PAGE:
If you play the main blow and draw notes available on a diatonic harmonica, you’ll be able to sound seven different notes (or 19 different pitches, if you count the notes that repeat). The complete chromatic scale contains 12 different notes, which means that the standard diatonic harmonica is “missing” five notes. A special technique called bending makes it possible to play some of the missing notes of the chromatic scale on any ordinary diatonic harmonica.
Blow bends: Notes you can sound by bending the blow notes of holes 8–10
Draw bends: Notes you can sound by bending the draw notes of holes 1–6
The physics behind blow bends and draw bends is rather
complex. The quick explanation for how bends can possibly produce
notes that “don’t exist” on the harmonica is this:
By altering the flow of air through the blow reeds and draw reeds at certain holes, you can make both reeds vibrate at once, which in turn allows the “missing” notes to sound.
You would use blow and draw bends for two main reasons:
To play “missing” notes: If a song or melody you want to play calls for a note not normally available on a diatonic harmonica, the only way you can sound that note is by playing a bend.
To add accents to solos and melodies: You can use bent notes to add some flash to the melodies or solos you play. The dissonance created by playing a note outside the harmonica’s diatonic scale can add a bluesy feel to your playing, which explains why bends are used most often in blues- and rock-style playing.
The 12 notes of the chromatic scale, starting on C, are: C–C#–D–D#–E–F–F#–G–G#–A–A#–B–(C)
The final C (in parentheses) is one octave higher than the C that starts this chromatic scale. The notes followed by the # sign are called sharps. Each sharp note can also be written as its equivalent flat note, which is the next highest note in the scale followed by “b,” the symbol for flats. For instance, C# is also Db. Though they go by two names, these notes (C# and Db) are exactly the same. The chromatic scale’s five sharp (or their equivalent flat) notes are the “missing” notes on the C harmonica: C# (Db), D# (Eb), F# (Gb), A# (Bb). Playing blow bends and draw bends will allow you to sound most, but not all, of these five notes.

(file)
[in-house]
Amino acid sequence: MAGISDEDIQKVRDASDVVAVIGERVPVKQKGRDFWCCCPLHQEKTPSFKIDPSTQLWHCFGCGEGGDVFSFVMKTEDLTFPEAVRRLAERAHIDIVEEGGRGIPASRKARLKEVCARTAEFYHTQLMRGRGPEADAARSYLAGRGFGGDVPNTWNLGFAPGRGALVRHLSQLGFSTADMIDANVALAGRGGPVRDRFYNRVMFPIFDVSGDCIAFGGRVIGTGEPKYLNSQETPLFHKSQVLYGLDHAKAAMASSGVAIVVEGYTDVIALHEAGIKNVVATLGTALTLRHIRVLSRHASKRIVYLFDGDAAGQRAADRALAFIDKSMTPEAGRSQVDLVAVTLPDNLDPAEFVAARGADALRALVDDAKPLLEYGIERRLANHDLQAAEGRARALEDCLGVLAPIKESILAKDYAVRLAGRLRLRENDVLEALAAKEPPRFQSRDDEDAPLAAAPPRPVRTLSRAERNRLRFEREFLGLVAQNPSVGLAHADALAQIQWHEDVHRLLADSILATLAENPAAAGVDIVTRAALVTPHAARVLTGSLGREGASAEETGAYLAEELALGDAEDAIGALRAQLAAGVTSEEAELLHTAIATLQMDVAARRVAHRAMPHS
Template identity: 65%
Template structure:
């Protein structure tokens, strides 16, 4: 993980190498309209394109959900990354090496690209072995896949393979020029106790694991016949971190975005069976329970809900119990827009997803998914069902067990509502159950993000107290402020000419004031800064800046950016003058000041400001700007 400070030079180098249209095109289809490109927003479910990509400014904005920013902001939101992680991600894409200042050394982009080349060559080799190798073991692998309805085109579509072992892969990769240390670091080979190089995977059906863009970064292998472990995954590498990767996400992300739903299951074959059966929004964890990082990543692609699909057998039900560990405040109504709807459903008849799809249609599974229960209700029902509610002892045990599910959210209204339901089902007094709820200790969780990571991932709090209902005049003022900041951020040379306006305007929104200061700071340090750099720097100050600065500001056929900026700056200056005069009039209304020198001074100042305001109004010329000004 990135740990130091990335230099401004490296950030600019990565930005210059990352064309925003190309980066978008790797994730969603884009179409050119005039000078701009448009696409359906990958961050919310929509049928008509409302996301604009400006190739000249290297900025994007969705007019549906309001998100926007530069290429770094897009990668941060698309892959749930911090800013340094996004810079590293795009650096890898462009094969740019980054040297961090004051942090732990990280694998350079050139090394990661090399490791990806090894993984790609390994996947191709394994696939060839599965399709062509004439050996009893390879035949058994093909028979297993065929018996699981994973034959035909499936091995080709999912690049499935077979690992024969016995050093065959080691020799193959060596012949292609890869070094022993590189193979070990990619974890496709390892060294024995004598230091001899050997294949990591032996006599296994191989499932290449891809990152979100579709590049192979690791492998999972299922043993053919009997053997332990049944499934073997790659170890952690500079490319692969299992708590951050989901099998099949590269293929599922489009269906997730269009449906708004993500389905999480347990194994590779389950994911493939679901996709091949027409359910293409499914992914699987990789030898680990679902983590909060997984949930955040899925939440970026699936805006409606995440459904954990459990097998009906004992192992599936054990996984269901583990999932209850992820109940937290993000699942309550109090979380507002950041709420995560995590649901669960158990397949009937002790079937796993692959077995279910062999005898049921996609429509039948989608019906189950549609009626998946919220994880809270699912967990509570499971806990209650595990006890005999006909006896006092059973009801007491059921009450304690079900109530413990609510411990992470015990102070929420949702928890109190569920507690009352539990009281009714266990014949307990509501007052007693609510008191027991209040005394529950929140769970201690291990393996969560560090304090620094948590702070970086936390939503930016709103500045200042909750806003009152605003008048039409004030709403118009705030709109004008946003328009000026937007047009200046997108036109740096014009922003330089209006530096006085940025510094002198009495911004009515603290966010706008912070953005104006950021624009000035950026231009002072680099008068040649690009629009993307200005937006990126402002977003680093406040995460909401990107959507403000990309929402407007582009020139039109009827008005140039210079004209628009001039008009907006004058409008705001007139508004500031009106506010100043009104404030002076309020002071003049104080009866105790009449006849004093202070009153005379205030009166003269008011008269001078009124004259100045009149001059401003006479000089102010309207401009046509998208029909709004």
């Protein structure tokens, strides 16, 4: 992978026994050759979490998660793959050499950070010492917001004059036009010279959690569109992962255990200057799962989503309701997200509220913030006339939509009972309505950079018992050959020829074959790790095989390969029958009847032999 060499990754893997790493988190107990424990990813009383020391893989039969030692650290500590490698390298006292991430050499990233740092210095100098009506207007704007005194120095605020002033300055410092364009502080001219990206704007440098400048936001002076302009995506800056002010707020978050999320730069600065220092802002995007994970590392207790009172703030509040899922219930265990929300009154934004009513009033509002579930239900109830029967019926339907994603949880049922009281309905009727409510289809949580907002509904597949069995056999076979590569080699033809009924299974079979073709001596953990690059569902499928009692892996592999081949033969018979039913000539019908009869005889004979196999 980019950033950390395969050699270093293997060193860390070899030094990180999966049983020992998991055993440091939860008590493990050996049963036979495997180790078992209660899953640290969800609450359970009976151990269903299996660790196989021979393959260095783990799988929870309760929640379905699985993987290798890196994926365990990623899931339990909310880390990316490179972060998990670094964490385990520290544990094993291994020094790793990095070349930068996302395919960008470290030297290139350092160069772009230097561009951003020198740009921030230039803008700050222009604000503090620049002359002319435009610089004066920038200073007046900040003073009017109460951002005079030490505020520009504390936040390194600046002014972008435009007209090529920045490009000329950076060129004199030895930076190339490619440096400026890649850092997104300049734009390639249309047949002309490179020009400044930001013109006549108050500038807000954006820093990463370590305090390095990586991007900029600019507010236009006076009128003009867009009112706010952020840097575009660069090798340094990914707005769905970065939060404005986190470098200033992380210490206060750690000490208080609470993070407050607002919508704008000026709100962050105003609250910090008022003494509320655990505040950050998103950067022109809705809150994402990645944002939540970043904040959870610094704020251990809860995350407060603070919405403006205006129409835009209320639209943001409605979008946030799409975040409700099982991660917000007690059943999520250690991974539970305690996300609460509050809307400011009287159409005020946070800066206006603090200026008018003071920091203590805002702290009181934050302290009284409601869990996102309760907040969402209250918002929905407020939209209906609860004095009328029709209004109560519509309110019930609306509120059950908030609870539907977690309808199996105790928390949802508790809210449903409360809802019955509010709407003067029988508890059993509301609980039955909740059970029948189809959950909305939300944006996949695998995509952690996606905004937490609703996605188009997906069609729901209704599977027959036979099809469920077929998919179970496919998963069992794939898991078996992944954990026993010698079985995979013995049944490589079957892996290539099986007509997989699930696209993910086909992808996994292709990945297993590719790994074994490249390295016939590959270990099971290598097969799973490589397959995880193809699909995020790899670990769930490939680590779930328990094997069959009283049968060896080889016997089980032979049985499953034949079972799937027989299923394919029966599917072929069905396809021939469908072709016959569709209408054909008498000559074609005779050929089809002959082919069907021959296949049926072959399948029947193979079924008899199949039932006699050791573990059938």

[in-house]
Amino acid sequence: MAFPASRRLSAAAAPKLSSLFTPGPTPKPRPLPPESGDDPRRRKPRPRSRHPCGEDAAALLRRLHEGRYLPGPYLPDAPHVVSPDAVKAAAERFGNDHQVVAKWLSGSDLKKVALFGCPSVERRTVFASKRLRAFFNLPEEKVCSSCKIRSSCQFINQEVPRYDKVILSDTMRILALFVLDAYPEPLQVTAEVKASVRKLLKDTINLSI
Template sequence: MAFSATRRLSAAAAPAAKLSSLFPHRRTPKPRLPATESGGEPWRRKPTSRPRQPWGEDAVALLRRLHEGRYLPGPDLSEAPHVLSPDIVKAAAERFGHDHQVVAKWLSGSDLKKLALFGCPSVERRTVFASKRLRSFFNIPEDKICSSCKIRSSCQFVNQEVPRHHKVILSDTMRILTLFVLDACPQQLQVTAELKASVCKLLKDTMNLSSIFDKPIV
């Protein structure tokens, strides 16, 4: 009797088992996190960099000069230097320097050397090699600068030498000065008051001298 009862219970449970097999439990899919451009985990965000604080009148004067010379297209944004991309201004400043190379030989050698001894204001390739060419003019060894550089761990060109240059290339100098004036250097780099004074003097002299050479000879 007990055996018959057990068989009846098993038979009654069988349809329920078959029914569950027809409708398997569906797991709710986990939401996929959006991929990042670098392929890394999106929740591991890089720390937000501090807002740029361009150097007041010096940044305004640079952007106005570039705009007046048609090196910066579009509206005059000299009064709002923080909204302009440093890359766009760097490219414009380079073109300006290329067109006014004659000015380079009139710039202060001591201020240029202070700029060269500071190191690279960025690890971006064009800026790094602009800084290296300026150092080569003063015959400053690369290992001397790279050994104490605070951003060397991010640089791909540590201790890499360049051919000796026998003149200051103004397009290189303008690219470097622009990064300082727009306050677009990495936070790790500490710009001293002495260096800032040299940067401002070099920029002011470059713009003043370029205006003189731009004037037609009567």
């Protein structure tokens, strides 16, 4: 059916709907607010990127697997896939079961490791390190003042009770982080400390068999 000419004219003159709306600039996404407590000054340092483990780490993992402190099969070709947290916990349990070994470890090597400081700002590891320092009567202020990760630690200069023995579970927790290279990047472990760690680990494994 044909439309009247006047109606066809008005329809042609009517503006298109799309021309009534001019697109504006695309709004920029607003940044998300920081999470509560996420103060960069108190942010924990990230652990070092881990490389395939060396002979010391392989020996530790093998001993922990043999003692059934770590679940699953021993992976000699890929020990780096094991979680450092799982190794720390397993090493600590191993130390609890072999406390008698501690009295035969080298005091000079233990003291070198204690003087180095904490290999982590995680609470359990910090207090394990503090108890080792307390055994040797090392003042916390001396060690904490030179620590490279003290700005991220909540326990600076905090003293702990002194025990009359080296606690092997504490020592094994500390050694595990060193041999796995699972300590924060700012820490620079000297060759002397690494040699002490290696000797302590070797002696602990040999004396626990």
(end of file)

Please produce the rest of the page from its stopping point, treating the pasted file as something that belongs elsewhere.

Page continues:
The notes that make up musical scales are all either one half step or one whole step apart. All the notes of the chromatic scale are one half step apart, so C and C#, for instance, are one half step apart. The “distance” between any two notes in the chromatic scale, such as F and G, is one whole step. By bending the notes of a diatonic harmonica, you can sound notes in half-step increments below the normal blow or draw note. So, for instance, bending the hole 4 draw note (D) will sound the note one half step below D, which is C#. Without using the bending technique, it’s impossible to play C# on a C diatonic harmonica.
Draw bends allow you to play notes one half step lower than ordinary draw notes. But draw bending only works on holes 1–4 and hole 6 of the diatonic harmonica. On holes 1 and 6, you can draw bend just one half step below the normal draw note of the hole, whereas on hole 3 you can draw bend three notes in half-step increments below that hole’s normal draw note of B—A#, A, and G#. The diagram below shows the complete selection of notes you can play in half-step increments by using draw bends.
Note that you can play two of these notes (F and A at holes 2 and 3) elsewhere on the C harmonica by drawing hole 5, 6, 9, or 10. You might use the draw bend versions of these notes to avoid having to move from hole 2 or 3, or as a way to add ornamentation to a solo, such as by alternating between the other draw bend notes at holes 2 and 3 (F# at 2, G# and A# at 3).
Playing draw bends requires you to move your tongue and your
throat muscles to control how air flows through the harmonica’s
holes when you inhale. If you’re sceptical that moving your
tongue can change the airflow into your mouth, try whistling by
inhaling. As you whistle, move your tongue up and down—the note
that your whistle sounds will change as your tongue moves. Draw
bends work in much the same way. The easiest harmonica note to
bend is the hole 1 draw. Follow the steps below to sound the
draw bend at hole
1.Use the single-note embouchure to draw the note. You can use tongue blocking, but most beginners find it easier to learn bending by using the single-note embouchure.
2.As air flows into your mouth, lower your tongue toward the base of your mouth and expand the opening to your throat. Perfecting the right combination of lowered tongue and throat muscle control is the key to draw bending notes effectively.
3.Though you might feel inclined to draw in air harder to bend the note, resist the temptation. Drawing harder actually makes it more difficult to sound a draw-bend note.
4.As you lower your tongue, you’ll hear the pitch of the note change—it should sound slightly lower. If you’ve done the draw bend on 1 correctly, this note will be C#.